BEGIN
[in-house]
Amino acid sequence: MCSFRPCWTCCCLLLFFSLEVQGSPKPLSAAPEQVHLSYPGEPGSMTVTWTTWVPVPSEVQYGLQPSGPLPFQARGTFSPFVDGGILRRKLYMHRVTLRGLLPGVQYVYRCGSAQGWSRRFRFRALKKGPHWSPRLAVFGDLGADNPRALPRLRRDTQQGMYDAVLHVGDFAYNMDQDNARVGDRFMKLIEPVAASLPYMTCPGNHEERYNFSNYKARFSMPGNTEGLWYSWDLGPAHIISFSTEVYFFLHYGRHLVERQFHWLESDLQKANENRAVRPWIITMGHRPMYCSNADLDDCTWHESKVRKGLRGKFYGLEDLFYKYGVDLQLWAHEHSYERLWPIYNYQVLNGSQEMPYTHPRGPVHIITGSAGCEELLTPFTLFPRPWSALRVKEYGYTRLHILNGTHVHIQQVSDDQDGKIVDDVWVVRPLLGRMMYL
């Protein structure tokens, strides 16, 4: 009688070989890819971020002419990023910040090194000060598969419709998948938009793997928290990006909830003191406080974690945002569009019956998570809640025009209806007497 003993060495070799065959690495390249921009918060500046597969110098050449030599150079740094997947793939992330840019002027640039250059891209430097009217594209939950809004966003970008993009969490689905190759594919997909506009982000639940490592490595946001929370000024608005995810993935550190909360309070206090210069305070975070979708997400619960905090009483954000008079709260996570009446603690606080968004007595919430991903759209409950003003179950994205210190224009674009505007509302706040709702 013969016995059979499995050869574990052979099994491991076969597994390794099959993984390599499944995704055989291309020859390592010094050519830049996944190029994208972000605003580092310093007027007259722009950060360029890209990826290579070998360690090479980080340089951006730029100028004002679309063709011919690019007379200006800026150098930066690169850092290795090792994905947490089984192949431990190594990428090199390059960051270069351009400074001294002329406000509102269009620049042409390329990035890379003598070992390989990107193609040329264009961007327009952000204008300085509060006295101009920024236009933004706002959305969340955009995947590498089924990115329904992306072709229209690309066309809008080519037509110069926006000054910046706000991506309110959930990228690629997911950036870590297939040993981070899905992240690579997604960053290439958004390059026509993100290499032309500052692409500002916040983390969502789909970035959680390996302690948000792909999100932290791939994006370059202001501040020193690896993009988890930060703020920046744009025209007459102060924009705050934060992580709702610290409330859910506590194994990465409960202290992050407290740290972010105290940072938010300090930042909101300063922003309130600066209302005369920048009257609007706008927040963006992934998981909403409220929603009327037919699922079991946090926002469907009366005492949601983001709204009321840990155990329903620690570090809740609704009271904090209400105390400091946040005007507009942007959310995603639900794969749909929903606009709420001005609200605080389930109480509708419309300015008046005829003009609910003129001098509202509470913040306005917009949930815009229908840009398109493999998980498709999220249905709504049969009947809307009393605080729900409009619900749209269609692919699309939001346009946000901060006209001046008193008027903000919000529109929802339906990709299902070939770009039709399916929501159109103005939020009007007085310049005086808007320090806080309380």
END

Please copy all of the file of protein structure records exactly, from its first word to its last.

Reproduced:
[in-house]
Amino acid sequence: MCSFRPCWTCCCLLLFFSLEVQGSPKPLSAAPEQVHLSYPGEPGSMTVTWTTWVPVPSEVQYGLQPSGPLPFQARGTFSPFVDGGILRRKLYMHRVTLRGLLPGVQYVYRCGSAQGWSRRFRFRALKKGPHWSPRLAVFGDLGADNPRALPRLRRDTQQGMYDAVLHVGDFAYNMDQDNARVGDRFMKLIEPVAASLPYMTCPGNHEERYNFSNYKARFSMPGNTEGLWYSWDLGPAHIISFSTEVYFFLHYGRHLVERQFHWLESDLQKANENRAVRPWIITMGHRPMYCSNADLDDCTWHESKVRKGLRGKFYGLEDLFYKYGVDLQLWAHEHSYERLWPIYNYQVLNGSQEMPYTHPRGPVHIITGSAGCEELLTPFTLFPRPWSALRVKEYGYTRLHILNGTHVHIQQVSDDQDGKIVDDVWVVRPLLGRMMYL
């Protein structure tokens, strides 16, 4: 009688070989890819971020002419990023910040090194000060598969419709998948938009793997928290990006909830003191406080974690945002569009019956998570809640025009209806007497 003993060495070799065959690495390249921009918060500046597969110098050449030599150079740094997947793939992330840019002027640039250059891209430097009217594209939950809004966003970008993009969490689905190759594919997909506009982000639940490592490595946001929370000024608005995810993935550190909360309070206090210069305070975070979708997400619960905090009483954000008079709260996570009446603690606080968004007595919430991903759209409950003003179950994205210190224009674009505007509302706040709702 013969016995059979499995050869574990052979099994491991076969597994390794099959993984390599499944995704055989291309020859390592010094050519830049996944190029994208972000605003580092310093007027007259722009950060360029890209990826290579070998360690090479980080340089951006730029100028004002679309063709011919690019007379200006800026150098930066690169850092290795090792994905947490089984192949431990190594990428090199390059960051270069351009400074001294002329406000509102269009620049042409390329990035890379003598070992390989990107193609040329264009961007327009952000204008300085509060006295101009920024236009933004706002959305969340955009995947590498089924990115329904992306072709229209690309066309809008080519037509110069926006000054910046706000991506309110959930990228690629997911950036870590297939040993981070899905992240690579997604960053290439958004390059026509993100290499032309500052692409500002916040983390969502789909970035959680390996302690948000792909999100932290791939994006370059202001501040020193690896993009988890930060703020920046744009025209007459102060924009705050934060992580709702610290409330859910506590194994990465409960202290992050407290740290972010105290940072938010300090930042909101300063922003309130600066209302005369920048009257609007706008927040963006992934998981909403409220929603009327037919699922079991946090926002469907009366005492949601983001709204009321840990155990329903620690570090809740609704009271904090209400105390400091946040005007507009942007959310995603639900794969749909929903606009709420001005609200605080389930109480509708419309300015008046005829003009609910003129001098509202509470913040306005917009949930815009229908840009398109493999998980498709999220249905709504049969009947809307009393605080729900409009619900749209269609692919699309939001346009946000901060006209001046008193008027903000919000529109929802339906990709299902070939770009039709399916929501159109103005939020009007007085310049005086808007320090806080309380």